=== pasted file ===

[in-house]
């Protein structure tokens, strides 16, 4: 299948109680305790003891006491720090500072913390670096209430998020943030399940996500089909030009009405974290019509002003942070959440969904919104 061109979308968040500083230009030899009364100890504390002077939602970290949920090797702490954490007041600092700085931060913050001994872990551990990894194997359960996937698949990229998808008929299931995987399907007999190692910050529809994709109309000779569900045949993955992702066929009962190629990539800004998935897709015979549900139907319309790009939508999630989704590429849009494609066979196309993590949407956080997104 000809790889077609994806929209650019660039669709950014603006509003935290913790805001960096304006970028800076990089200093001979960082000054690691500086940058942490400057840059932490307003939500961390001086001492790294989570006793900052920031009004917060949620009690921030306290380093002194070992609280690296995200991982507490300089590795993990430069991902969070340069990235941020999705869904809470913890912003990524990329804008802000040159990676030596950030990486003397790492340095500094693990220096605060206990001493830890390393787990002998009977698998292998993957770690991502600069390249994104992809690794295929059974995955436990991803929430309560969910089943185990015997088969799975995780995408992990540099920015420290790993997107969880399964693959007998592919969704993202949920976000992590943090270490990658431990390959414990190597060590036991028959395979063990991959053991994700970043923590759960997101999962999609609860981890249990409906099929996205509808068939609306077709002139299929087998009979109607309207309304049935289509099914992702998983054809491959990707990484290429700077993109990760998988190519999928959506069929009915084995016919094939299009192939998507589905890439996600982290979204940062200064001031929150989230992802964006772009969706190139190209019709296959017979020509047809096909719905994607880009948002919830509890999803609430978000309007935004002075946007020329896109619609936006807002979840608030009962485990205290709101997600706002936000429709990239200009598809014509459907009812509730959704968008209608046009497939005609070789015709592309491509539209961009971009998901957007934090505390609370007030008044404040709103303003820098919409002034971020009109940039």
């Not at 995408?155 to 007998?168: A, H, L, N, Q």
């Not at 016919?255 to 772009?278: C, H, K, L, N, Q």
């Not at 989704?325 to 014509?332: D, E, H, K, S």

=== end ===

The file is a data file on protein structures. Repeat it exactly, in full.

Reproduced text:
[in-house]
């Protein structure tokens, strides 16, 4: 299948109680305790003891006491720090500072913390670096209430998020943030399940996500089909030009009405974290019509002003942070959440969904919104 061109979308968040500083230009030899009364100890504390002077939602970290949920090797702490954490007041600092700085931060913050001994872990551990990894194997359960996937698949990229998808008929299931995987399907007999190692910050529809994709109309000779569900045949993955992702066929009962190629990539800004998935897709015979549900139907319309790009939508999630989704590429849009494609066979196309993590949407956080997104 000809790889077609994806929209650019660039669709950014603006509003935290913790805001960096304006970028800076990089200093001979960082000054690691500086940058942490400057840059932490307003939500961390001086001492790294989570006793900052920031009004917060949620009690921030306290380093002194070992609280690296995200991982507490300089590795993990430069991902969070340069990235941020999705869904809470913890912003990524990329804008802000040159990676030596950030990486003397790492340095500094693990220096605060206990001493830890390393787990002998009977698998292998993957770690991502600069390249994104992809690794295929059974995955436990991803929430309560969910089943185990015997088969799975995780995408992990540099920015420290790993997107969880399964693959007998592919969704993202949920976000992590943090270490990658431990390959414990190597060590036991028959395979063990991959053991994700970043923590759960997101999962999609609860981890249990409906099929996205509808068939609306077709002139299929087998009979109607309207309304049935289509099914992702998983054809491959990707990484290429700077993109990760998988190519999928959506069929009915084995016919094939299009192939998507589905890439996600982290979204940062200064001031929150989230992802964006772009969706190139190209019709296959017979020509047809096909719905994607880009948002919830509890999803609430978000309007935004002075946007020329896109619609936006807002979840608030009962485990205290709101997600706002936000429709990239200009598809014509459907009812509730959704968008209608046009497939005609070789015709592309491509539209961009971009998901957007934090505390609370007030008044404040709103303003820098919409002034971020009109940039």
């Not at 995408?155 to 007998?168: A, H, L, N, Q």
């Not at 016919?255 to 772009?278: C, H, K, L, N, Q």
């Not at 989704?325 to 014509?332: D, E, H, K, S």